The modern view of women in the ancient Near East is that they were down-trodden, subservient to their husbands and burdened by many children. This could not be further from the truth. The home was important in Jewish religion. In our society, people associate prayer with a church. In the Jewish religion, both the home and the synagogue were places of prayer. A rabbi or scholar was in charge of prayer in the synagogue, but in the home, each individual woman in charge of a household was responsible for the prayer-services held in that home.
Women regarded the house as their kingdom. They ruled it. Men came and went from the house, but it was essentially the domain of the women. It is true that they worked hard – but then so did the men. Moreover, judging by the list of tasks performed by the ‘Woman of Worth’ described in Proverbs 31:10-31, they had aspirations we would regard as ‘non-traditional’.
This is what they aimed for in their lives – their ‘to-do’ list:
find a well-educated and well-to-do man as a husband – someone who could give them a comfortable life, and their children a good start in life
spin and weave cloth, to make the family’s clothing and (in earlier times) the tents they lived in
make and sell finished items of clothing; this meant skill in weaving and embroidery
design and make suitable clothing for all members of the household
dress well and attractively, so that she was confident and her family was proud of her
keeping physically and mentally strong and fit; no lolling on silken cushions for the Woman of Worth
give religious instruction to the children: a mother was their first teacher, and the great influence on her children’s lives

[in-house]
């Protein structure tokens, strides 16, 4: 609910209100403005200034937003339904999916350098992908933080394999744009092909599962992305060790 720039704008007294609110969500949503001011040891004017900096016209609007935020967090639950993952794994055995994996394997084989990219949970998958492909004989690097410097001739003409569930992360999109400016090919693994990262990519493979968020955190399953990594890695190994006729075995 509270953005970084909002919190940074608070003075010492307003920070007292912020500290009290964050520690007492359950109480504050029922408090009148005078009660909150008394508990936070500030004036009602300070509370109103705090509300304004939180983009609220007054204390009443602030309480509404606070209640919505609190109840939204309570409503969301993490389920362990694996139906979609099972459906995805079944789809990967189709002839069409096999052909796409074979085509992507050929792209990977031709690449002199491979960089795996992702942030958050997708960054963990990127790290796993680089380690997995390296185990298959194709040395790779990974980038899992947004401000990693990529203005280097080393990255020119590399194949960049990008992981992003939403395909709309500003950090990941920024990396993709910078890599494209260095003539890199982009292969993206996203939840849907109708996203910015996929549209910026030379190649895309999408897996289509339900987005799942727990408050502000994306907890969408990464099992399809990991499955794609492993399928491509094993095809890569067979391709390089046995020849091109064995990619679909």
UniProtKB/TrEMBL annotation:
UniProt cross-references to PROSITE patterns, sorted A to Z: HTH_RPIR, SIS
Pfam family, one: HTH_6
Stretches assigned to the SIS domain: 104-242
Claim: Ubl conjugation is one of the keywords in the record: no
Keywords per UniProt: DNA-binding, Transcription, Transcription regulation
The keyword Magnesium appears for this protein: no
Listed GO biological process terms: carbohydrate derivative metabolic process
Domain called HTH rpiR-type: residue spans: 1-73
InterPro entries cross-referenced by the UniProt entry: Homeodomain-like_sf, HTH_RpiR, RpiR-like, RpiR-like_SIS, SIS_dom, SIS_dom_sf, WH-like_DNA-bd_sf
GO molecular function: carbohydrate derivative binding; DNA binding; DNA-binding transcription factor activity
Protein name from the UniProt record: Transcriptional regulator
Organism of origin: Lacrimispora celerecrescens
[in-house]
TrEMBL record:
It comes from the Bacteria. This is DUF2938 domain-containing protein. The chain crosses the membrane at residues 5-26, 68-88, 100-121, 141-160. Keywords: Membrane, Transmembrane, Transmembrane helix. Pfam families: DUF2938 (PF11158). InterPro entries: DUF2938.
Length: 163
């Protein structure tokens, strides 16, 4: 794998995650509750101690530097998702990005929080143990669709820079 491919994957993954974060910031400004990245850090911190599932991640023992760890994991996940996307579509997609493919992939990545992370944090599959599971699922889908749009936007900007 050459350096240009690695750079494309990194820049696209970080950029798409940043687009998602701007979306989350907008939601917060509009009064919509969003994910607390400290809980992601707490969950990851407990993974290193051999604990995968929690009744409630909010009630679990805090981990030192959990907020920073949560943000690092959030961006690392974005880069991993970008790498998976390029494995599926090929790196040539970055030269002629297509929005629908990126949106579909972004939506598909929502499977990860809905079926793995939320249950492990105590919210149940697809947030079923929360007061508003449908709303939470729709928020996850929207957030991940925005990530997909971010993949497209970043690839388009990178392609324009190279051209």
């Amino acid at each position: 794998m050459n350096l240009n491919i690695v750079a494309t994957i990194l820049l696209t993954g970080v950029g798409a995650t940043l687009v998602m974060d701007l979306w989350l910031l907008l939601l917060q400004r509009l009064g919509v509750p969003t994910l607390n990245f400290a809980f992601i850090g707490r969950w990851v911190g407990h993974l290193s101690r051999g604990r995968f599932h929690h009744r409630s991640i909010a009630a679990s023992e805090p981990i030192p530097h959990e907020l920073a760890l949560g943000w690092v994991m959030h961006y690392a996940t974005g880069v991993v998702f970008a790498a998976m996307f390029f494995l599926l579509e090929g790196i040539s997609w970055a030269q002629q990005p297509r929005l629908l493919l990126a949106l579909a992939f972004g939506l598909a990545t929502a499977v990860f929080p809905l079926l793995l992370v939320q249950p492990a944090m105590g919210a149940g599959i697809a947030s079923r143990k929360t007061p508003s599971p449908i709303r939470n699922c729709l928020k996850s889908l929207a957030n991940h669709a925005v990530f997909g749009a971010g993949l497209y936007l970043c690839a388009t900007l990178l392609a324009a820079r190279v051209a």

gather food and assemble a varied and healthy diet for the members of the household; the Jewish dietary laws supported this
administer the finances of the family and oversee the family business, with all the necessary skills this involved
buy investment property wisely
supervise investments and make a profit from them, then re-invest the profits
perform charitable work and care for the poor; this was seen as one of the main duties of a Jewish woman
organize the tasks of servants in the household
oversee the emotional and physical well-being of members of the household; she was the ‘go-to’ person in the household
be available at all times to anyone who needed her.
The list hardly mentions children – but not because children were unimportant. They were the center of a woman’s life, her crowning achievement and a great blessing given by God. Not having children was counted as a very great misfortune. The household that a woman governed was centered on the maintenance of a healthy and happy extended family.
The status of mothers and motherhood has been so down-graded in the modern world that it is hard to appreciate the honor given to biblical women who gave birth to children and raised a family. But such was the case in the ancient world, at least in the part of the world where Mary and Joseph lived in Nazareth.
Women’s greatest achievement was to give birth, preferably to a boy. Their second achievement was to raise a child
- who believed and trusted in God
- who respected tradition, and
- who lived a good life.
Bible Study Resources
Read the following extract from the Book of Proverbs. If you are a wife and mother, check the items off against your own life. You’ll probably find you measure up quite well!
10 When one finds a worthy wife, her value is far beyond pearls.
11 Her husband, entrusting his heart to her, has an unfailing prize.